During the Cannes Festival earlier this year, once again film critics were wondering why so few female directors were partaking. It was sad but true though; Naomi Kawase and Alice Rohrwachter were the only women whose films got selected. How come? It would be blunt to blame it exclusively on the chauvinist French. Besides, there was a small breakthrough: New Zealands’ grand old lady of cinema Jane Campion had the honor of being the first woman presiding the Festival Jury. Thank God this overall lack of female presence in cinema wasn’t entirely ignored.
So film is dominated by men. Despite the efforts of 1970’s feminist film theorists, it’s still mainly men behind the camera. It would be interesting to take a look at film schools. How many girls actually enroll annually? That should give us an idea of what to expect in the future. Of course there have always been talented women (well, for a long time now) directing films. In recent times, female directors like Sofia Coppola, Kathryn Bigelow (first woman to win the Oscar for Best Director!), Claire Denis, Kelly Reichardt and Naomi Kawase received much critical acclaim.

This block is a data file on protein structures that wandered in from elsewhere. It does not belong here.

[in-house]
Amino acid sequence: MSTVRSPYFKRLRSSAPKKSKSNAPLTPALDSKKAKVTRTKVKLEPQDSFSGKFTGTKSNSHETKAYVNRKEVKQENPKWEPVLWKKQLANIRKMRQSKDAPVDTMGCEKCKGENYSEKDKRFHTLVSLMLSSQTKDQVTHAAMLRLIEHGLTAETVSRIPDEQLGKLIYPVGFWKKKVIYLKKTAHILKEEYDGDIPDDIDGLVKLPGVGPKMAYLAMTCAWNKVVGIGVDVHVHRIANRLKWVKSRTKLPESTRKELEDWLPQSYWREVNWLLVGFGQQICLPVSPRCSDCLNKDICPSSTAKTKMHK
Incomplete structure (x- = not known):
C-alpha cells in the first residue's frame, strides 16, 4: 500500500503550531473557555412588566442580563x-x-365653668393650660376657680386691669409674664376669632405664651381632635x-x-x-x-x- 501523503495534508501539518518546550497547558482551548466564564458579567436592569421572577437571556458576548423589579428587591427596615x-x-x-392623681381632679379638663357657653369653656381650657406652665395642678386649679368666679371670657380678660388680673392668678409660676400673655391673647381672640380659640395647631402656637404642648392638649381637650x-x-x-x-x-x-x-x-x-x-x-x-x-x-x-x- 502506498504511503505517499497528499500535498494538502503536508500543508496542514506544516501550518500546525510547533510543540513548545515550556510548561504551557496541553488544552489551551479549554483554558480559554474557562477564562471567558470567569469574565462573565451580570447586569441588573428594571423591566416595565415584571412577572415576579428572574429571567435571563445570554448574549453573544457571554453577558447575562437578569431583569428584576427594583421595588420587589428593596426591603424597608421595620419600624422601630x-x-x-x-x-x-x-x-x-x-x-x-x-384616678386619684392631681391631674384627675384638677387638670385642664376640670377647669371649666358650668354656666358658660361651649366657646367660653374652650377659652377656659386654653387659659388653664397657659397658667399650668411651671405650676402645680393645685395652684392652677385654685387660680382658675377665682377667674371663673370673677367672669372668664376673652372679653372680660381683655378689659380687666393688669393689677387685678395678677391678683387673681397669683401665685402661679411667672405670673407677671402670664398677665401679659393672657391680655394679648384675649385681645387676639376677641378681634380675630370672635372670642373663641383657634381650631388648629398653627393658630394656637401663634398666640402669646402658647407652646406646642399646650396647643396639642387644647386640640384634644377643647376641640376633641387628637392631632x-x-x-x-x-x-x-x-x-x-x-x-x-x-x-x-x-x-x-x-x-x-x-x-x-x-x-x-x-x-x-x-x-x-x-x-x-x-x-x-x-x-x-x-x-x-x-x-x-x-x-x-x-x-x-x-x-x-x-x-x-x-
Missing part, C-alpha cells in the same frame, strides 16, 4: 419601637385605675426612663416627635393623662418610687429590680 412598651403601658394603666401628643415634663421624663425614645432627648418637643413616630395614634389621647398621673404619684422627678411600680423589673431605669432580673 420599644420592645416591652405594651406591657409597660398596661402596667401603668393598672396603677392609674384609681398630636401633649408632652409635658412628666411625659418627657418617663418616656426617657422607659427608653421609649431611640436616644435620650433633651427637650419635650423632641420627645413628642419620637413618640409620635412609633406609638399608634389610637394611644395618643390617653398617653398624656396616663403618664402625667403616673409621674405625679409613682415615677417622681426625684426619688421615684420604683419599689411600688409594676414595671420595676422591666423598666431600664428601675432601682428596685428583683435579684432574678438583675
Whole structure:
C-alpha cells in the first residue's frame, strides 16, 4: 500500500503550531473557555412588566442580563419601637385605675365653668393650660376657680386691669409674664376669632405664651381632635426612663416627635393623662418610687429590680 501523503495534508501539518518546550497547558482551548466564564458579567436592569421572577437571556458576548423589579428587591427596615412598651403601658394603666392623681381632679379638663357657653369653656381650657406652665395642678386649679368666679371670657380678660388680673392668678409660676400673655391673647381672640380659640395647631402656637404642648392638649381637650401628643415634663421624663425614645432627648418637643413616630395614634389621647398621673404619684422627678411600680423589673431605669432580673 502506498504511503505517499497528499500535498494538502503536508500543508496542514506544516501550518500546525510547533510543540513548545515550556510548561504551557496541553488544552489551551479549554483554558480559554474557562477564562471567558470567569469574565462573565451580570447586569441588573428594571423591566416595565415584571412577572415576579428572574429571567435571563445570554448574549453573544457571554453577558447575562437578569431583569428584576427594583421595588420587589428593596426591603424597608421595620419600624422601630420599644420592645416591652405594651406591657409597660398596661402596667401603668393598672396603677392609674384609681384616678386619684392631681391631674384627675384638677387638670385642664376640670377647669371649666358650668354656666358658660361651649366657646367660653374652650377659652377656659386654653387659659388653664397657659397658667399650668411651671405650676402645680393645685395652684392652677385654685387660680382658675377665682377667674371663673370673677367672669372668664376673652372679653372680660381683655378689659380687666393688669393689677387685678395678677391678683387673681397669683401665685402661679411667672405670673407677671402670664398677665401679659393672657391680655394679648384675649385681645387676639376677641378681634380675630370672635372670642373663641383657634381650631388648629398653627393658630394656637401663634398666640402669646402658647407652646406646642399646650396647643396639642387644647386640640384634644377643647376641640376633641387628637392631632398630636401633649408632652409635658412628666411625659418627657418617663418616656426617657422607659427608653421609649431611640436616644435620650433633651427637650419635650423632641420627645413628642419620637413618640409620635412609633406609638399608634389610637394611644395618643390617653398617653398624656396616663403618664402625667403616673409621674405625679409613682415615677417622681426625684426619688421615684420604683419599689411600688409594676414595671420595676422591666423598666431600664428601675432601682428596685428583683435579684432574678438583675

This list focusses on todays’ promising young female directors. Some of them just directed promising debuts, others are already somewhat established. Now the word young is, especially in the arts, a relative notion, so I sticked to directors born in the eighties.
Céline Scamma (France, 1980)
Most notable work: Bande des Filles (2014)
Céline Sciamma rose to modest fame after her well received minimalist coming of age drama Naissance des Pieuvres (Water Lilies) in 2007. In her films, she focusses on the growing pains of young girls dealing with gender/sexuality issues. Sciamma usually works with non-professional actors and is clearly a gifted acting coach as she pushes her young protagonists to great heights. Bande des Filles (Girlhood) is the culmination of her work so far; a sensitive portrait of a young immigrant Parisienne struggling for acceptance in the harsh world of the banlieues.